A Guide to Getting Gas in Oregon


Oregon and New Jersey are the only states where drivers cannot pump their own gas. Can NOT, as in it is actually against the law, for those who didn’t quite understand it. In the short time I’ve had on this realm, I’ve held the job of “gas station attendant,” or fueler of cars, trucks, motorcycles and the lowly gas can at two points in my life, now being the second. I get paid a meager salary to do what others do ordinarily in 48 other states, and am completely aware of this fact. HOWEVER. There are laws, and there are things that you need to know, should you ever roll into my lot in need of petroleum product.

After some careful thinking, I’ve decided to ¬†break these down into Do’s and Don’ts, as are universally accepted by all attendants, but I’d first like to include one particular to my station. You see, we’re the cheapest gas in Portland- pretty much hard to beat prices across the board. That means we get a lot of business. And that means Busy-Ness. Sometimes I will be out there, servicing the 8 pumps we have, across two islands, and dealing with various¬†peccadilloes such as feisty car tanks, the aforementioned cans, and credit card wonkiness that can have me tied up in place for a moment or two. Please be patient, and wait it out.

So then, DO:

-Roll down your window, get off your phone, and turn your music down. I need to hear you speak when you place your fuel order.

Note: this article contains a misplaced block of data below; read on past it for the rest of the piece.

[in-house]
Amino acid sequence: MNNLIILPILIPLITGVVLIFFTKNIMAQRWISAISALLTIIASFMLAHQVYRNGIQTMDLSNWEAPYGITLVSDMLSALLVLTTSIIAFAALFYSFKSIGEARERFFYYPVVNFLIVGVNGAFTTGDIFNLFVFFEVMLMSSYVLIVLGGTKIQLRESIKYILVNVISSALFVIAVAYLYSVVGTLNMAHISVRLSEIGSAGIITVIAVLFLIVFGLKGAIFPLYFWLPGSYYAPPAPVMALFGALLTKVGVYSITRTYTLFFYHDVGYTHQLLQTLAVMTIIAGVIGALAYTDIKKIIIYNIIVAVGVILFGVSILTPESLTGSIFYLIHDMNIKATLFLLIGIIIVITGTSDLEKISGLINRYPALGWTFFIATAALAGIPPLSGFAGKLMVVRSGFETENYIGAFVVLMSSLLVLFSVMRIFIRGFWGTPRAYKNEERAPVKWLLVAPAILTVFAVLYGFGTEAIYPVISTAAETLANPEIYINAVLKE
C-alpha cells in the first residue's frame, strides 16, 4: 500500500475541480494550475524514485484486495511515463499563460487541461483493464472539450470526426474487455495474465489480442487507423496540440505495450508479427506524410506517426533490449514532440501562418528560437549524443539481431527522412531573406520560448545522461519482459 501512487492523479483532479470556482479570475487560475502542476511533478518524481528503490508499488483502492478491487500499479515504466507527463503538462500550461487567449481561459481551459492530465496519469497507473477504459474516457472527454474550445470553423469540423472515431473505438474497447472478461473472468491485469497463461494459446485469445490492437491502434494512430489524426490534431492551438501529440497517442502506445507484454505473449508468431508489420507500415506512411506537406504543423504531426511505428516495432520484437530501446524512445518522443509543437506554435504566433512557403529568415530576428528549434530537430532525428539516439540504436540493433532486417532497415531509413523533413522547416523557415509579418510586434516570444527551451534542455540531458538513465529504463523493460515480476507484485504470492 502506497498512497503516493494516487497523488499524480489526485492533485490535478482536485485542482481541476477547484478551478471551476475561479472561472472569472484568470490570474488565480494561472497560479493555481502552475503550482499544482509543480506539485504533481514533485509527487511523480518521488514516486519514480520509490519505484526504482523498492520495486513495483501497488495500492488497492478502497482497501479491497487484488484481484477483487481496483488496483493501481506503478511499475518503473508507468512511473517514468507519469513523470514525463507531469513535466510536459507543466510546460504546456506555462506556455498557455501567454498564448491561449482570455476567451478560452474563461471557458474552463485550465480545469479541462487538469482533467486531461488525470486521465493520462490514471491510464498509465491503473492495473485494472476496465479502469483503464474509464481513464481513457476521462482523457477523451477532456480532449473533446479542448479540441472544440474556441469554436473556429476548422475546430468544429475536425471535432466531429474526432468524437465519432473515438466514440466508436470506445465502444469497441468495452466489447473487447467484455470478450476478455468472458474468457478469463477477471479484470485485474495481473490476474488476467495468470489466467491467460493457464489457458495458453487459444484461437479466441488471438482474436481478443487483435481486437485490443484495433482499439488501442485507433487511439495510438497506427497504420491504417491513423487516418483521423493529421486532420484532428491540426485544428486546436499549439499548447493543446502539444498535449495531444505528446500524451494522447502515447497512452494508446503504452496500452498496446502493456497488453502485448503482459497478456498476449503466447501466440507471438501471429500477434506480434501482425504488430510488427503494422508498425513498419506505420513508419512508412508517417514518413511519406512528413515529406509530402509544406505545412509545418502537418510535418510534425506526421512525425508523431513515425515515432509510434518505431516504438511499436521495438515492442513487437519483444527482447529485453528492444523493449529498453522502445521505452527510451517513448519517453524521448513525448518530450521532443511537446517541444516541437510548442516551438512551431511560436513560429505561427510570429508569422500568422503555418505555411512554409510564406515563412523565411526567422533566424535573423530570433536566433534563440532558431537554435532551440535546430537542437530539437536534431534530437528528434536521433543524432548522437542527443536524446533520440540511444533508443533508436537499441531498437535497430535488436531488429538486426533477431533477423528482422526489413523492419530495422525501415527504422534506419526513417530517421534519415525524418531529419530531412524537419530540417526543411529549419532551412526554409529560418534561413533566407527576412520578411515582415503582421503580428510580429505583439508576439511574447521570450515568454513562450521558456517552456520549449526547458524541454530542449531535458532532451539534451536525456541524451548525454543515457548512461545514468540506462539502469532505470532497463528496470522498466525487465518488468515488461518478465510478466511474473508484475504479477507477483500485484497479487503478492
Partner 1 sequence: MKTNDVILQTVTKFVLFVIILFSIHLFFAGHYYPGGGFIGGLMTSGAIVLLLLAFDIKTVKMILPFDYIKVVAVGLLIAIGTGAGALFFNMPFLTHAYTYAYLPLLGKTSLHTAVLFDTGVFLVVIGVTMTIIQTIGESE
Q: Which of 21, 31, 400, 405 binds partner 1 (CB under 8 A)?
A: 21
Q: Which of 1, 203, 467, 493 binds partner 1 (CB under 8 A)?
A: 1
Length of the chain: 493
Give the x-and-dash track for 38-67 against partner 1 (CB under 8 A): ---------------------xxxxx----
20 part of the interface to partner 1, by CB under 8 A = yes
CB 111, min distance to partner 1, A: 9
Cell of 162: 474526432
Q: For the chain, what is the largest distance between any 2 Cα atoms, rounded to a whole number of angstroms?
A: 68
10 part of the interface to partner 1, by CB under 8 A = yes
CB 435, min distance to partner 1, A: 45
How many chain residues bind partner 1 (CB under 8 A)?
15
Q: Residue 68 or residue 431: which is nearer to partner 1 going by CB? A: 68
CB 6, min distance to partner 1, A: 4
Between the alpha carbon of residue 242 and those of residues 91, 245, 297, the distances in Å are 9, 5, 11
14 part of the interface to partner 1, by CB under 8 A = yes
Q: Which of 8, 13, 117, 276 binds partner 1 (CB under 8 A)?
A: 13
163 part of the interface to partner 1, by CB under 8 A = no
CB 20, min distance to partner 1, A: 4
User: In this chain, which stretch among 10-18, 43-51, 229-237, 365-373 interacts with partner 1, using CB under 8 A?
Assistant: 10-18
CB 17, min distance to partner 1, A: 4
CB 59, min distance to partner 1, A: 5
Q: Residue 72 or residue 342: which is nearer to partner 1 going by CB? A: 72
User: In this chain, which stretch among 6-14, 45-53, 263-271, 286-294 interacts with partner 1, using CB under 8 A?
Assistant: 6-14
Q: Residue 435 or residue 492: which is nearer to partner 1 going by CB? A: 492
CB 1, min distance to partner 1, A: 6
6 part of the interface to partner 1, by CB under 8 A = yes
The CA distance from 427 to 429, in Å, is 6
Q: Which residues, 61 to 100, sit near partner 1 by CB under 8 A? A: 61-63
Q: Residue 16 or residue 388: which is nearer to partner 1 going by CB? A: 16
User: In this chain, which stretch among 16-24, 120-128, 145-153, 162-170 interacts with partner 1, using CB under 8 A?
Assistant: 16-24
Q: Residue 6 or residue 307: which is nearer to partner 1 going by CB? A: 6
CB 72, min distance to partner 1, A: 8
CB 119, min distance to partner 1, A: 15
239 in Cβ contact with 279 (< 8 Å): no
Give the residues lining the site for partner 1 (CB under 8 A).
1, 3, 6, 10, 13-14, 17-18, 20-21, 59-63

-Pop open your fuel door, if you have one.
– Know your zip code if you’re using a credit or debit card.
-Tell me whether you’re paying by cash or card.- Inform me if you’re paying with a large cash bill, like a 50 or 100, before I start fueling.
-Ask for a cash receipt BEFORE I change your money.

Finally in the DO column, know what side your gas tank is on, because most stations won’t pull their hoses around your car to reach it. If you’re in a new, borrowed, or rented vehicle -and it’s relatively new- check the fuel gauge. You’ll probably see a little arrow pointing left/right which will clue you in.

And now for the DON’T:

-Touch the pumps. It’s against the law, and it’s against some station’s policies even if you’re getting diesel.
-Get out of your vehicle and “supervise” the fueling. This is almost always done by men, and frankly, it almost always leads to the above.
-Ask me to put refined petroleum into anything other than an approved gas can. They usually come in red.
-Pull in to a slot facing another car. This will almost always result with negative consequences.
-Pay me in coins, unless you are getting less than $5.00 worth of gas.
– Ask me to round up, or “top off” your fill. Not only is it bad for the environment and the health of everyone, the new-fangled pumps actually suck a good portion of that excess back into the hose, so you’re not getting what you’re paying for.
-Park your vehicle at a pump, and go into the store before I get your order. Because then it takes twice as long to get your butt off the lot, doesn’t it?
– Pull in too close to the pumps. My hose has a reach of about six feet. Give me room to work.
-Pull in too far away from the pumps. Many people make the mistake of stopping when the pump display is at their window. That’s awesome for you, but not so much for the actual dispensation process when your tank is six feet away. Sure, I may be able to reach it, but your fuel door might get bent.
– Get impatient, loiter, or cause friction with other customers.
– Frown

And finally, the percentage of you out there who have locking gas caps, why must you have a plethora of other keys and assorted fobs? It really, really sucks for us.

Happy trails, and have an awesome trip to the pumps next time you’re in my Portland woods.